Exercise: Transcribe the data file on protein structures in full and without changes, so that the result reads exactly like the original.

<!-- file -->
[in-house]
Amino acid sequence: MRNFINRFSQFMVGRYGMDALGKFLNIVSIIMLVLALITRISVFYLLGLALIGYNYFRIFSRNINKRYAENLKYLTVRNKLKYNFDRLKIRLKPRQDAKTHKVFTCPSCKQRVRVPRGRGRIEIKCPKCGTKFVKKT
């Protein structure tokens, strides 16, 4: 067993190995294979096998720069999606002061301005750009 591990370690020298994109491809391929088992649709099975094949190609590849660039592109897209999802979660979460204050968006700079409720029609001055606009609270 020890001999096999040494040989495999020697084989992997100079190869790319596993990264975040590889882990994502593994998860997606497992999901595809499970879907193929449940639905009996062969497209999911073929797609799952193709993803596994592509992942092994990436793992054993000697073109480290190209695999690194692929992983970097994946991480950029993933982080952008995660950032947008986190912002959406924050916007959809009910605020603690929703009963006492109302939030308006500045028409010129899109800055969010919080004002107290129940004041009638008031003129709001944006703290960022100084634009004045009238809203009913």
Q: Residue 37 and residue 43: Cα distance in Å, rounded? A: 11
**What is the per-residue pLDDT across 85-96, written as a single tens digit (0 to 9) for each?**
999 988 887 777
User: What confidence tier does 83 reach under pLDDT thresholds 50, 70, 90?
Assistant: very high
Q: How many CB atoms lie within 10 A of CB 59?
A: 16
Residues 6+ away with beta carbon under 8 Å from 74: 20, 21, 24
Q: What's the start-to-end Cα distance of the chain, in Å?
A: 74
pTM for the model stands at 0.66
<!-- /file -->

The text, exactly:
[in-house]
Amino acid sequence: MRNFINRFSQFMVGRYGMDALGKFLNIVSIIMLVLALITRISVFYLLGLALIGYNYFRIFSRNINKRYAENLKYLTVRNKLKYNFDRLKIRLKPRQDAKTHKVFTCPSCKQRVRVPRGRGRIEIKCPKCGTKFVKKT
């Protein structure tokens, strides 16, 4: 067993190995294979096998720069999606002061301005750009 591990370690020298994109491809391929088992649709099975094949190609590849660039592109897209999802979660979460204050968006700079409720029609001055606009609270 020890001999096999040494040989495999020697084989992997100079190869790319596993990264975040590889882990994502593994998860997606497992999901595809499970879907193929449940639905009996062969497209999911073929797609799952193709993803596994592509992942092994990436793992054993000697073109480290190209695999690194692929992983970097994946991480950029993933982080952008995660950032947008986190912002959406924050916007959809009910605020603690929703009963006492109302939030308006500045028409010129899109800055969010919080004002107290129940004041009638008031003129709001944006703290960022100084634009004045009238809203009913």
Q: Residue 37 and residue 43: Cα distance in Å, rounded? A: 11
**What is the per-residue pLDDT across 85-96, written as a single tens digit (0 to 9) for each?**
999 988 887 777
User: What confidence tier does 83 reach under pLDDT thresholds 50, 70, 90?
Assistant: very high
Q: How many CB atoms lie within 10 A of CB 59?
A: 16
Residues 6+ away with beta carbon under 8 Å from 74: 20, 21, 24
Q: What's the start-to-end Cα distance of the chain, in Å?
A: 74
pTM for the model stands at 0.66